One example of an individual who experienced depression is David. During his time of kingship of Israel, he engaged in adultery with the wife of one of his soldiers (see 2 Samuel 11:1-5). Through the course of events, David had Uriah murdered as well as engaging in deceptive actions (2 Sam. 11:6-21). Though we do not know the period of time that elapsed between David’s sins and his repentance, we do have a record of what was going on in David’s heart. Psalm 32:3-5 records David’s struggles,
David’s spiritual battle with lust, adultery, and murder and his failure to repent brought about depression. One of the common marks of an individual who is depressed is their inability and unwillingness to engage in daily activities.
Another example we could examine is Cain (see Genesis 4:1-6). Though God’s discussion of sacrifices is not covered in Genesis, we can conclude that both Cain and Abel knew what God expected. Cain offered the work of his farming to God, but God rejected Cain’s offering, though God accepted Abel’s (Gen. 4:3-5). In God’s description of Cain, He states “your face [has] fallen.” (Gen. 3:6, ESV)
Though not always, often people who struggle with depression manifest it in their eyes and facial expressions. In Cain’s instance, he was depressed because of God’s rejection of his offering.
Biblical Counseling and Medicative Contributions to Depression
Does the Bible address medicine and depression? It does. Proverbs 23:29-30 offers a glimpse into such a situation.
Now, there are many issues presented here: threats, sorrow (uneasiness, depressiveness), division, ingratitude/difficult situations, unknown injuries, and affected physical appearances. That is, there is a host of issues related to alcohol abuse. Interestingly, however, is the appearance of “sorrow.” There is another proverb that encourages the use of alcohol in a medicinal manner. In Proverbs 31:6-7 we find these interesting statements, “Let beer be for those who are perishing, wine for those who are in anguish! Let them drink and forget their poverty and remember their misery no more.” (NIV)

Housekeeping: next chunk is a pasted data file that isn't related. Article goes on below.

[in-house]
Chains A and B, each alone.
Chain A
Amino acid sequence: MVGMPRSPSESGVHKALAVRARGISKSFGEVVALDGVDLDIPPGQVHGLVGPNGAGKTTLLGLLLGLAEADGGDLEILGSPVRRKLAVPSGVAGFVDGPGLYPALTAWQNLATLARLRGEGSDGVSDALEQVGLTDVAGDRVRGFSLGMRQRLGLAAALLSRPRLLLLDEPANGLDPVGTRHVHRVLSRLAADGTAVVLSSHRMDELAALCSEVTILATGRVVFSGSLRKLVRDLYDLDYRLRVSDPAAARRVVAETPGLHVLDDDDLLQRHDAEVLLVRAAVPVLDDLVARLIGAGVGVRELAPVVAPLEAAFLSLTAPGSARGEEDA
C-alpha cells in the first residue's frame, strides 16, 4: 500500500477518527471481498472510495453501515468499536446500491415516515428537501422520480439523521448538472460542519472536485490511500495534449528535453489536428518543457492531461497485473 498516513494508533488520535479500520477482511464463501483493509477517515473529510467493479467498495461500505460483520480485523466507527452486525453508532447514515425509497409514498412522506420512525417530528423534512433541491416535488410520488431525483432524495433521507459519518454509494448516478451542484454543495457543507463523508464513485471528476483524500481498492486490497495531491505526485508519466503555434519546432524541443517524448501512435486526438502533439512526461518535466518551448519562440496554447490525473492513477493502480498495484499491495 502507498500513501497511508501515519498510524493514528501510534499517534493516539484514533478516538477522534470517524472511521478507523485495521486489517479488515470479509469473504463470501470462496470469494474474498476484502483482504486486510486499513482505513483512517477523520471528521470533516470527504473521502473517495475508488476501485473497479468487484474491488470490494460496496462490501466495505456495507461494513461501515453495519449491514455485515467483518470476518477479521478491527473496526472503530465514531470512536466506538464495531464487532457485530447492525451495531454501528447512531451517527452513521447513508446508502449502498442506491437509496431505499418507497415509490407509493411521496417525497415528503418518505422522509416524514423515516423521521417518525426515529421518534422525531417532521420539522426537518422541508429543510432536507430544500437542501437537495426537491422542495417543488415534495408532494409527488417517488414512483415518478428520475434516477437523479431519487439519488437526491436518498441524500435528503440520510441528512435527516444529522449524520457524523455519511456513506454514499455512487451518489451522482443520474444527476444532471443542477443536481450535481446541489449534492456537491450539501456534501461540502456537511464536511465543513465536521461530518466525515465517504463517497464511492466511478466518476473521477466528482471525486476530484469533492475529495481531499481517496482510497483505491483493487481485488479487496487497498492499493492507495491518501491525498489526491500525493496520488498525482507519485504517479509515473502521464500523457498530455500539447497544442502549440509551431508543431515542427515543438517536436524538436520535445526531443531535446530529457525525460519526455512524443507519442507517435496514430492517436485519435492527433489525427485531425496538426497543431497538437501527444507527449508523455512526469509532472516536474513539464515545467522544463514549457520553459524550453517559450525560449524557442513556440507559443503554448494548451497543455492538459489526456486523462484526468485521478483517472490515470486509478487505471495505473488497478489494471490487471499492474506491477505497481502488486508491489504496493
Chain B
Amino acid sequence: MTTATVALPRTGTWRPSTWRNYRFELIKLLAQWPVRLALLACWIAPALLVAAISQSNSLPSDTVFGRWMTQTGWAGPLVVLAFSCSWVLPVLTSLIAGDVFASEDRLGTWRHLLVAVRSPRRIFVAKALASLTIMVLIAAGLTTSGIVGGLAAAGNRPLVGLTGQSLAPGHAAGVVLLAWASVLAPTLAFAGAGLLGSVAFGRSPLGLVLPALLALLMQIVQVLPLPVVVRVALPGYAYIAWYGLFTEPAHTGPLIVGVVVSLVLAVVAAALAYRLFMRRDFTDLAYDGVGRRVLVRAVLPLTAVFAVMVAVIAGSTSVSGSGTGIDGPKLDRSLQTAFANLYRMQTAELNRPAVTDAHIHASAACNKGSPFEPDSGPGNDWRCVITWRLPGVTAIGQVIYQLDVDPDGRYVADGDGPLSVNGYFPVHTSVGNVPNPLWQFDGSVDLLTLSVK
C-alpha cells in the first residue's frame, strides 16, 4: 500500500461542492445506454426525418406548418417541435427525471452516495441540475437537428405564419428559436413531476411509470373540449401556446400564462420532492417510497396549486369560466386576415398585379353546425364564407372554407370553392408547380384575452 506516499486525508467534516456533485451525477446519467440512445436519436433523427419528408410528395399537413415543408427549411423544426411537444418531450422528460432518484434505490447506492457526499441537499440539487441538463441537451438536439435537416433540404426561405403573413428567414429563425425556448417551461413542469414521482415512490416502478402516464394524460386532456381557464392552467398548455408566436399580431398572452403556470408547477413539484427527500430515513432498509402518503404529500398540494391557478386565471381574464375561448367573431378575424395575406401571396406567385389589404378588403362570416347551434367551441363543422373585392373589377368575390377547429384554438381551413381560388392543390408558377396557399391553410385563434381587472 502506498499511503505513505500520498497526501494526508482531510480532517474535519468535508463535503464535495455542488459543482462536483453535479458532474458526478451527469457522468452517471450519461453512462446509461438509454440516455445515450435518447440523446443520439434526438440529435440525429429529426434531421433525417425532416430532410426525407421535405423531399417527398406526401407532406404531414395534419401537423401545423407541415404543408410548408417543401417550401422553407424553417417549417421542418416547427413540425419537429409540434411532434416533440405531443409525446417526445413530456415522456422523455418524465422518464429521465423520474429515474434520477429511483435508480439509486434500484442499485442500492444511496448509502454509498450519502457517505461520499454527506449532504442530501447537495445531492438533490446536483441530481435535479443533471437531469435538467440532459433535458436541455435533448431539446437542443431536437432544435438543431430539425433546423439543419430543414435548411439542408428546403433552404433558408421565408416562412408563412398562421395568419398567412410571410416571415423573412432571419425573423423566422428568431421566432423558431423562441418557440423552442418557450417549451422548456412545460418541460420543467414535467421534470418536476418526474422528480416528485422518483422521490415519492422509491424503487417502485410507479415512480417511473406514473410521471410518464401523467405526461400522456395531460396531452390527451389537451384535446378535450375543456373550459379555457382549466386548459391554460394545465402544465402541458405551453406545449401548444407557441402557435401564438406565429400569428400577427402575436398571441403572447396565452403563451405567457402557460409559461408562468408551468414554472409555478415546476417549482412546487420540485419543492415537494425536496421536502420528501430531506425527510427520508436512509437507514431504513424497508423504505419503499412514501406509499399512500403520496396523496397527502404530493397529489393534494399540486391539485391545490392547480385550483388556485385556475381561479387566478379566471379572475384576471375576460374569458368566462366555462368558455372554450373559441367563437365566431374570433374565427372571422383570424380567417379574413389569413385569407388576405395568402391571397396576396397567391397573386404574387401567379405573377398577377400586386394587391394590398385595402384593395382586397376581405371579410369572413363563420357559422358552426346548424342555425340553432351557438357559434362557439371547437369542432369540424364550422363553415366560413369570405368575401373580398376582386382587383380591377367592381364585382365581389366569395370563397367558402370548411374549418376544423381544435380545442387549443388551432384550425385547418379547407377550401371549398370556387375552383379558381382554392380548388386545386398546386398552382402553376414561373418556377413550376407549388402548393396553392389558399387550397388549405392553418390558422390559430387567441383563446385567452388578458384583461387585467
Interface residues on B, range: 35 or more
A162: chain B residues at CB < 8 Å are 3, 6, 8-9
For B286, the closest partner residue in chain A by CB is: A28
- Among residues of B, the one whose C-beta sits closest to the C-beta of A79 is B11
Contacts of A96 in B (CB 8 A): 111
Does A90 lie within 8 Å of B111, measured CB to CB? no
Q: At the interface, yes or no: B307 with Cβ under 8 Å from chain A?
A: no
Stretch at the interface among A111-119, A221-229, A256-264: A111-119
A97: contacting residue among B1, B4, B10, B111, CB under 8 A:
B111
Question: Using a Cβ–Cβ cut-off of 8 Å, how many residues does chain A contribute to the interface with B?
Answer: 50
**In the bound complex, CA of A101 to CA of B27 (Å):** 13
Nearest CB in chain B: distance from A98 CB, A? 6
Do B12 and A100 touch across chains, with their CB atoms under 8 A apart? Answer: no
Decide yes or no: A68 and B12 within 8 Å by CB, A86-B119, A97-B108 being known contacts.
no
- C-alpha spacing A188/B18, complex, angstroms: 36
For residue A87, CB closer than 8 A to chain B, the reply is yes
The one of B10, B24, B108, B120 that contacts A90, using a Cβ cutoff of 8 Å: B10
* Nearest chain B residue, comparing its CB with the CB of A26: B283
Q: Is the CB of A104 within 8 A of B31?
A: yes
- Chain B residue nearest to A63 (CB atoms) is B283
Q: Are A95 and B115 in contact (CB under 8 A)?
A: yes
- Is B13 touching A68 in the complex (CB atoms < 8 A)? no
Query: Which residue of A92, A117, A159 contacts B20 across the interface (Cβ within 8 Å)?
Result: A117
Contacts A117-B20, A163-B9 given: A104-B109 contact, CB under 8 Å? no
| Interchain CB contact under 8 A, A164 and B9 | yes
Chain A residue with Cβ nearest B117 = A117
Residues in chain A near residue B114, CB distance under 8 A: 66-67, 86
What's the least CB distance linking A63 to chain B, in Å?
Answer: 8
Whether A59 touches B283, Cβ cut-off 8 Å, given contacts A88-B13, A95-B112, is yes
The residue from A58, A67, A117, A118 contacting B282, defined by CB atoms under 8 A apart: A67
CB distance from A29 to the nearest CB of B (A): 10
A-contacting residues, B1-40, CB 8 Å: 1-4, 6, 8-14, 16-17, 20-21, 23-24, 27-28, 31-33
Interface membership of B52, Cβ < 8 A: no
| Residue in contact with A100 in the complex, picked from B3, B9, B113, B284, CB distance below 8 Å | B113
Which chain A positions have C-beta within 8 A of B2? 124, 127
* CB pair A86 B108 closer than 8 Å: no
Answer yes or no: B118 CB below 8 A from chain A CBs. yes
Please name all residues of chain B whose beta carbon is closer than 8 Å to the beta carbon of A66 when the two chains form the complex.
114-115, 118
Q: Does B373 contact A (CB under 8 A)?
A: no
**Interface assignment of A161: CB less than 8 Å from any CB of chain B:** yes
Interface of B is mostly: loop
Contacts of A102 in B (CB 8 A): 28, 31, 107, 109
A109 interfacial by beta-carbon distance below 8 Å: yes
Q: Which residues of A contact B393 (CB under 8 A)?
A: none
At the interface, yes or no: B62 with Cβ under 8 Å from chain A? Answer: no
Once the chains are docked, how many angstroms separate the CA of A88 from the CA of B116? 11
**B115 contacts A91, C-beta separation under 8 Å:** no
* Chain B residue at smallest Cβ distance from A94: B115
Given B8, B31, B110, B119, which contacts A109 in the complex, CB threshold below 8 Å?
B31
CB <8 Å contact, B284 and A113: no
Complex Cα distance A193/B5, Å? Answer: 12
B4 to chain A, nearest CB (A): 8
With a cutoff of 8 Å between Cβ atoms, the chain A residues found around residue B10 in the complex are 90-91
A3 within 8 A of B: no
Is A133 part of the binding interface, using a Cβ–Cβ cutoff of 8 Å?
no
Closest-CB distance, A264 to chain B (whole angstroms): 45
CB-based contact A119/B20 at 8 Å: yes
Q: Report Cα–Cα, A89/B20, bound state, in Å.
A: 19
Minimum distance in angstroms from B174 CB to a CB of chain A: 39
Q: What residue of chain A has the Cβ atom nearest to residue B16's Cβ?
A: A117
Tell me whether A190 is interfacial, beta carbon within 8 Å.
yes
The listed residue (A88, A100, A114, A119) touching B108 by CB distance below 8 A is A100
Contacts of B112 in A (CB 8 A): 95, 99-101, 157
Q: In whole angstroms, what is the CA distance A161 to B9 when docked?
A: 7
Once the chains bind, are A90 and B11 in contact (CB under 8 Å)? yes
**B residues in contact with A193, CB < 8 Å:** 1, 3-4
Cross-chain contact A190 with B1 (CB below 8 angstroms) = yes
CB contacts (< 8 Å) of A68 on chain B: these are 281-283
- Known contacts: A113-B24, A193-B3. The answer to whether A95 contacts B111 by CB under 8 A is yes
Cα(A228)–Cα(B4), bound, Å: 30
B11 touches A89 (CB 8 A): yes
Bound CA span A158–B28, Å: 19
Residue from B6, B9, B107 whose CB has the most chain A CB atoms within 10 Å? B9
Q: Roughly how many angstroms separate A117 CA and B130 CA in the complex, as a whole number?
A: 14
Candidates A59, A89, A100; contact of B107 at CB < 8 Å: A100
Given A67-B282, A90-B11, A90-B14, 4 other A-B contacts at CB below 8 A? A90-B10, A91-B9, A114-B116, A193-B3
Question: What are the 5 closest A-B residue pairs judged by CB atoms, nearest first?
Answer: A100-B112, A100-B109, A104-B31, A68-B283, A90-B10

In these two proverbs, we see both the use and misuse of alcohol. The use is to aid someone in intense pain and/or suffering (31:6-7). The misuse is the abuse of alcohol to the detriment of the individual (23:29-30).
It is not surprising, then, to see the many cautions and warnings against alcohol. I encourage you to read through the Scriptures (75 references, to be exact) on CrossTheology.
Biblical Counseling and Mental Contributions to Depression
In Genesis chapter 21, we observe the account of the jealousy and subsequent harshness with which Sarah treats their servant, Hagar, and her son, Ishmael. Sarah, after watching Ishmael mock her son, Isaac, encourages Abraham to banish Hagar.
The Scriptures depict her mental stress in verse 16, “So she sat across from him [her son, Ishmael] and wept controllably.” (NET) There are several issues that would have increased Hagar’s mental stress. Having been banished by Abraham, she is now separated from her only source of food, shelter, and any protection. In addition, she has a son for whom she is unable to provide. Furthermore, she is sent out “wandering through the wilderness of Beer Sheba.” (Gen. 21:14, NET)